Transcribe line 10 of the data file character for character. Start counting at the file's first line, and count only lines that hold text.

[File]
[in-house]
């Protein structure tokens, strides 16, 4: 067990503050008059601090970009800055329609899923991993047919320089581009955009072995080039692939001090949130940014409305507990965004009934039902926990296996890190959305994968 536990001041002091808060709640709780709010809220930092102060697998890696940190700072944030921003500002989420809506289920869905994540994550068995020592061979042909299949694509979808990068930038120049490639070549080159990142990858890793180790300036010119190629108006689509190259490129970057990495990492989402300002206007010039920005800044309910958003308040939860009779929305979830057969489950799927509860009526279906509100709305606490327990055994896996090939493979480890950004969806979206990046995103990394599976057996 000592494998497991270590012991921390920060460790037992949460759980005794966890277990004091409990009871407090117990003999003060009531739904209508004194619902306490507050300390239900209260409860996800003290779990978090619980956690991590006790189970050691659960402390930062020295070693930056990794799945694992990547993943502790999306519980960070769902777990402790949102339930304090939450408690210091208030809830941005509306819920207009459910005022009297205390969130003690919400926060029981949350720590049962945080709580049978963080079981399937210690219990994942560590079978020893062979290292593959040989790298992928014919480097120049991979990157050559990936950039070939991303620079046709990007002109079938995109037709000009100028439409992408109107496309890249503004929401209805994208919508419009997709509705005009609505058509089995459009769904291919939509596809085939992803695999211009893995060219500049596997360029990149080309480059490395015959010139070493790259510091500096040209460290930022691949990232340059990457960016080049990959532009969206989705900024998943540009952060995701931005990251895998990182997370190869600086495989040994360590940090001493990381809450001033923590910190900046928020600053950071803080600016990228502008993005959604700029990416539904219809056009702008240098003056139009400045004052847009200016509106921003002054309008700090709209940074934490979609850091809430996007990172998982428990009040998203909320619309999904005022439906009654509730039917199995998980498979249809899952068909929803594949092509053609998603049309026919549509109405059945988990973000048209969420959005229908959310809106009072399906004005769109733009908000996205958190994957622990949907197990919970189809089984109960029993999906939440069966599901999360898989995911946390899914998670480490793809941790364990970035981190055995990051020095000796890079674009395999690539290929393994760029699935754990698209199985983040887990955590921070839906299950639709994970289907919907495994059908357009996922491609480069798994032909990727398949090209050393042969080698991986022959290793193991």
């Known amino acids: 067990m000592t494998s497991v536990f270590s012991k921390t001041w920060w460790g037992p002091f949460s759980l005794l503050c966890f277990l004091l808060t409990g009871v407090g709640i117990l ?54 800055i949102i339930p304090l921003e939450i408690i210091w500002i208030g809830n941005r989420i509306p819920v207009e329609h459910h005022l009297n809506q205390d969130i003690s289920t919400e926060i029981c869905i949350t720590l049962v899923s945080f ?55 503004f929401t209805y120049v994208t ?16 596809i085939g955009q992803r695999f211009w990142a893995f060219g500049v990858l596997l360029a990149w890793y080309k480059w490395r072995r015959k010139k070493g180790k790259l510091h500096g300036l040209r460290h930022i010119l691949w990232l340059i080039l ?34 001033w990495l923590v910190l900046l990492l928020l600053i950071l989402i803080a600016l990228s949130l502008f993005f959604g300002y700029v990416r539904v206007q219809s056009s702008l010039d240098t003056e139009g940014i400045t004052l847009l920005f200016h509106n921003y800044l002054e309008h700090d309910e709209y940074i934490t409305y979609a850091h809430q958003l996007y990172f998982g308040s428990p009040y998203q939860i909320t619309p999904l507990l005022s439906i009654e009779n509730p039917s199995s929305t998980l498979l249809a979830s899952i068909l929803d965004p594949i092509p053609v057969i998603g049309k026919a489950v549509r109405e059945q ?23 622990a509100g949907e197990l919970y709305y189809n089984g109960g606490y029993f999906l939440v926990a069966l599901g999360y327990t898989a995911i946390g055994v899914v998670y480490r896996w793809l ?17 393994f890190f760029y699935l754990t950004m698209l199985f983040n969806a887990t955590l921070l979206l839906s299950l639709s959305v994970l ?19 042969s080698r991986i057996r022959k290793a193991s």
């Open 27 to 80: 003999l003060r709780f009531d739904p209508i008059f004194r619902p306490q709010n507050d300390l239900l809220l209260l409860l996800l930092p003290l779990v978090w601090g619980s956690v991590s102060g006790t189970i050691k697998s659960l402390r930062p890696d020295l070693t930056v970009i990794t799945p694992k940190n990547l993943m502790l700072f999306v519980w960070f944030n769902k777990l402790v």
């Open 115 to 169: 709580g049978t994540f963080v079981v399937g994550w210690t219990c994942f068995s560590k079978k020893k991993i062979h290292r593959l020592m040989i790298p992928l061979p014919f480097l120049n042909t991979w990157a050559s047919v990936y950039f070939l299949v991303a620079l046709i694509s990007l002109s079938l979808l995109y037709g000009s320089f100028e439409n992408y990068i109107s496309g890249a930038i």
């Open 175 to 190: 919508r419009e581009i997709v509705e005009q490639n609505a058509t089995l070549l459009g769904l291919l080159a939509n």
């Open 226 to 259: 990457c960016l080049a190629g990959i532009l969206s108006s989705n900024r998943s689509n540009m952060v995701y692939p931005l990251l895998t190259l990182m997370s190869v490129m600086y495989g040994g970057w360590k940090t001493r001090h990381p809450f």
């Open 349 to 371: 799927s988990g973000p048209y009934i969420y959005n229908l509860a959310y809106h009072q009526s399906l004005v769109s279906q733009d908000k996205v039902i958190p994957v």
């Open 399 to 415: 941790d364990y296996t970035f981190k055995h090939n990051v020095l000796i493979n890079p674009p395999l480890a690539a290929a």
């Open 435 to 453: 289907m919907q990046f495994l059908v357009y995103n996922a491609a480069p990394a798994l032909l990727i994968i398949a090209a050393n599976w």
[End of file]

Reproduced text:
């Open 435 to 453: 289907m919907q990046f495994l059908v357009y995103n996922a491609a480069p990394a798994l032909l990727i994968i398949a090209a050393n599976w």